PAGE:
Did Washington learn anything from the paralyzing debt ceiling debate of 2011?
It doesn’t look like it.
More than a year after a debt limit standoff brought the U.S. government within days of a first-ever default, the Treasury is again approaching its borrowing limit — and nobody is talking about it…
While Wall Street and the business community aren’t looking forward to the possibility that Congress will allow $600 billion in tax hikes and spending cuts at the end of the year, they consider the debt limit a bigger problem, if the brinksmanship of 2011 returns. The consequences of a default are far broader and more unpredictable, given the central role Treasury securities play in the day-to-day operations of financial markets.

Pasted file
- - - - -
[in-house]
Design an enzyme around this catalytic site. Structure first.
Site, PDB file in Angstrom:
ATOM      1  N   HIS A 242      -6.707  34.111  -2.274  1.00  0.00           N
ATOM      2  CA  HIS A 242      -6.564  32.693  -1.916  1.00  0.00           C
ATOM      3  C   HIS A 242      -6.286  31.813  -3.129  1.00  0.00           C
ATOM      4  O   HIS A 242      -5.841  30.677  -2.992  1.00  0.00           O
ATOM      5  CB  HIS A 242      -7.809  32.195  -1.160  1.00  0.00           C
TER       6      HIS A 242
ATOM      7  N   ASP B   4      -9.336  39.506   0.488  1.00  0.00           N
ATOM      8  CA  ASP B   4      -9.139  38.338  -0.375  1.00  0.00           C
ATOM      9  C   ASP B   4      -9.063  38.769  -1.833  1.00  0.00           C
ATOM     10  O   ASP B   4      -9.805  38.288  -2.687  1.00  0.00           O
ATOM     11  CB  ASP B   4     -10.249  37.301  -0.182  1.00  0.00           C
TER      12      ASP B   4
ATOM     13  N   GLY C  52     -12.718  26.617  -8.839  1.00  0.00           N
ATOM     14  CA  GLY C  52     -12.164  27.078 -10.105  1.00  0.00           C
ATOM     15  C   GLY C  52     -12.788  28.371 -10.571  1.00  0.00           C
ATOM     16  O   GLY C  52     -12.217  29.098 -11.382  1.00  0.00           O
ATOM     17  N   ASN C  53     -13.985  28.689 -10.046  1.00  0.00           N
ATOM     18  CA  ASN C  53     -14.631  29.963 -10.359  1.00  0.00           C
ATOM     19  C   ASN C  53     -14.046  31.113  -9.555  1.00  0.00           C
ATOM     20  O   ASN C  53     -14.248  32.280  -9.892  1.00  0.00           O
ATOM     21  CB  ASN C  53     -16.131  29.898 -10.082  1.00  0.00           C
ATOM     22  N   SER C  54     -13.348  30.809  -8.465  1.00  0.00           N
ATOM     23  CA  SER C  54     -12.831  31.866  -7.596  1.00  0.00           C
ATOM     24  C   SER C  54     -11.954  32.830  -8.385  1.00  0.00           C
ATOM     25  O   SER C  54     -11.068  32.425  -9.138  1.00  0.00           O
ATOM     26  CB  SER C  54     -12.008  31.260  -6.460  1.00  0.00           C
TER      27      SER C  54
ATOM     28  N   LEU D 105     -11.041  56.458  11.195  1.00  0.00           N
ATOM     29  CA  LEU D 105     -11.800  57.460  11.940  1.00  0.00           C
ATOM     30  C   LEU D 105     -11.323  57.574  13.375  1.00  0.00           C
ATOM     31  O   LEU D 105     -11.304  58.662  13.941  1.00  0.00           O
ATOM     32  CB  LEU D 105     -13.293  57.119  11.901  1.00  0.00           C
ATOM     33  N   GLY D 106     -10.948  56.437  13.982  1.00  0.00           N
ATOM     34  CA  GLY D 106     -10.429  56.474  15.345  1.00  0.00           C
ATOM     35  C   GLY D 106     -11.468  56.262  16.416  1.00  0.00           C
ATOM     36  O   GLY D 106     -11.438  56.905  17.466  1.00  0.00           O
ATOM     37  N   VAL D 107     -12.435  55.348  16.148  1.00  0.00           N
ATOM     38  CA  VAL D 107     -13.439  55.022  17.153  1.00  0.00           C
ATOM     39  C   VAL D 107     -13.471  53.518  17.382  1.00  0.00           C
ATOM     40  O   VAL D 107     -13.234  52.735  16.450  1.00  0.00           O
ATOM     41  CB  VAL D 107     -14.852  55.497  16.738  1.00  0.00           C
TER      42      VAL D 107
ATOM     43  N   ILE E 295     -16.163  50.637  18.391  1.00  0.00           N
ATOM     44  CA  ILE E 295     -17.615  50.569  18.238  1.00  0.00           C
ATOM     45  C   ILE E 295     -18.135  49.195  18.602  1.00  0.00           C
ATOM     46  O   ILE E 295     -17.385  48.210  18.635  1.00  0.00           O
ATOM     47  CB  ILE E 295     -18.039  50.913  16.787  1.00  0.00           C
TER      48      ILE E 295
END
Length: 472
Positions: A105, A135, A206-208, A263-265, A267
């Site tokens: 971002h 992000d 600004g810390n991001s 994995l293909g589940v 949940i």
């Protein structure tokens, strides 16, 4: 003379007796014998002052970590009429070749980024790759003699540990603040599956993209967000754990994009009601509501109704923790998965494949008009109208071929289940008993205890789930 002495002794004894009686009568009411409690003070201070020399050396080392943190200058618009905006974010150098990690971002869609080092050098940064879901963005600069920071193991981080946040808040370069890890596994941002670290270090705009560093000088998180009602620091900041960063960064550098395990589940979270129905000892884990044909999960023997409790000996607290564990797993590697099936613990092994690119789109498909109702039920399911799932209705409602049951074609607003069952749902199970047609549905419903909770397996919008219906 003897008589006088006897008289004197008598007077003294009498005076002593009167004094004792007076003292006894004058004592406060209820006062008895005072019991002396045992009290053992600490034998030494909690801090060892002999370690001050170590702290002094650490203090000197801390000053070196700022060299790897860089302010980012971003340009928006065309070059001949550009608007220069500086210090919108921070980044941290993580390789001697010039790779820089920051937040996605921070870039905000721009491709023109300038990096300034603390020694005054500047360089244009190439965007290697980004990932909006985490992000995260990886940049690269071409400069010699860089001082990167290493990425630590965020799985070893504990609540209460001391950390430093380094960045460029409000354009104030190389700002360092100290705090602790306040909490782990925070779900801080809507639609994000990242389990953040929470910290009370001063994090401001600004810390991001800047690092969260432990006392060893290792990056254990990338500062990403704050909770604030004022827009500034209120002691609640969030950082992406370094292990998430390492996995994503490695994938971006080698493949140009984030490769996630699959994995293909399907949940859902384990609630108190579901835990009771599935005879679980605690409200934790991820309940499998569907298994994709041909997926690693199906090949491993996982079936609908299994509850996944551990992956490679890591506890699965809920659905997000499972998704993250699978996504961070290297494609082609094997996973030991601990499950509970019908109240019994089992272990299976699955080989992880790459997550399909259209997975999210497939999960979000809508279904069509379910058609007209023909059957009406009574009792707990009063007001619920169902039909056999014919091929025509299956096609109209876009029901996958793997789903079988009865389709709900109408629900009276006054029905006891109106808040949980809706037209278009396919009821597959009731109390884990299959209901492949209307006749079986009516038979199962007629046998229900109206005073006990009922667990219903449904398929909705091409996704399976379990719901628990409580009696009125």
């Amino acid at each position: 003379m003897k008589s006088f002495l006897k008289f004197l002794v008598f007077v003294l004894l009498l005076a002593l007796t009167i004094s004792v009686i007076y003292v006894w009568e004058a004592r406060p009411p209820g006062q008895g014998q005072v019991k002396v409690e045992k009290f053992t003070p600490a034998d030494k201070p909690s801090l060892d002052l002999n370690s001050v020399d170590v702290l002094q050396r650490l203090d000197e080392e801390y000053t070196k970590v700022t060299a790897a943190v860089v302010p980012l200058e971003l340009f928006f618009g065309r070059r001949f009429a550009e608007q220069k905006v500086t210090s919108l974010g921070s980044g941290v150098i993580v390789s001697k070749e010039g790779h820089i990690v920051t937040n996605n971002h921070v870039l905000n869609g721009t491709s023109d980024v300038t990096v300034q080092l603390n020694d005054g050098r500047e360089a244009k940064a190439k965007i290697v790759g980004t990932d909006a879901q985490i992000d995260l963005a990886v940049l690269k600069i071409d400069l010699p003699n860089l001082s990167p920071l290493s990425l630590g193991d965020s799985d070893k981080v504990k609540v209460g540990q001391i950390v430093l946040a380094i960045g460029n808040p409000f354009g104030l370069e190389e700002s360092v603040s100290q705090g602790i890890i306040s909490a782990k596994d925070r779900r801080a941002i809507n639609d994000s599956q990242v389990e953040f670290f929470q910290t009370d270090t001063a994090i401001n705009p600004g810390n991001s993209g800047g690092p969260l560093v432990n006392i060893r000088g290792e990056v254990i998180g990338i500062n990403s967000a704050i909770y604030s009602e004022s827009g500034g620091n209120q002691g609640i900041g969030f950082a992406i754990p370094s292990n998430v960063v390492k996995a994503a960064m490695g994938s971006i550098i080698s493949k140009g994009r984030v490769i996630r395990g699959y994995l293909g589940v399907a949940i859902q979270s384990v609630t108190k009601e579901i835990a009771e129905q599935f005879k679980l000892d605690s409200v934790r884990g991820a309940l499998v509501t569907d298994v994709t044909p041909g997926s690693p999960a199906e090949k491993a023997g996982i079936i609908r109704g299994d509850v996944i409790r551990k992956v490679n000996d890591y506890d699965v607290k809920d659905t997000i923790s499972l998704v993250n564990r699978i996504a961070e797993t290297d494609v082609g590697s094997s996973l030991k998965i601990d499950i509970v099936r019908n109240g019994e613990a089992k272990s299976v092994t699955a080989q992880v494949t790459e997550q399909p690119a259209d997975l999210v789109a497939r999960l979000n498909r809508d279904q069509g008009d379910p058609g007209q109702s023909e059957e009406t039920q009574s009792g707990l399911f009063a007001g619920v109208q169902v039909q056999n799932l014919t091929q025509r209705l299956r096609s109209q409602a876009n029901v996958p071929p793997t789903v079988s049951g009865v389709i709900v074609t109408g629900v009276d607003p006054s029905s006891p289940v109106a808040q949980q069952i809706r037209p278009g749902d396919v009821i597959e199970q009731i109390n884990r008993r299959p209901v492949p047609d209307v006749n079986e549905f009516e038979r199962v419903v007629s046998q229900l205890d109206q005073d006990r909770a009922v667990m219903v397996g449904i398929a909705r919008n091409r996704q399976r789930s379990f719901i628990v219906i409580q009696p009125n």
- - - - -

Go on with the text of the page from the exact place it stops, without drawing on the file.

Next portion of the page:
But Steve Bell, a former Republican staff director on the Senate Budget Committee who is now senior director of economic policy at the Bipartisan Policy Center, notes that freshmen Republicans are unlikely to want to vote on the debt ceiling again right after the election — meaning it may not happen until February.
“Are you going to, having swallowed this castor oil the first time … do it for a second time in your first term after having said you wouldn’t?” Bell asked.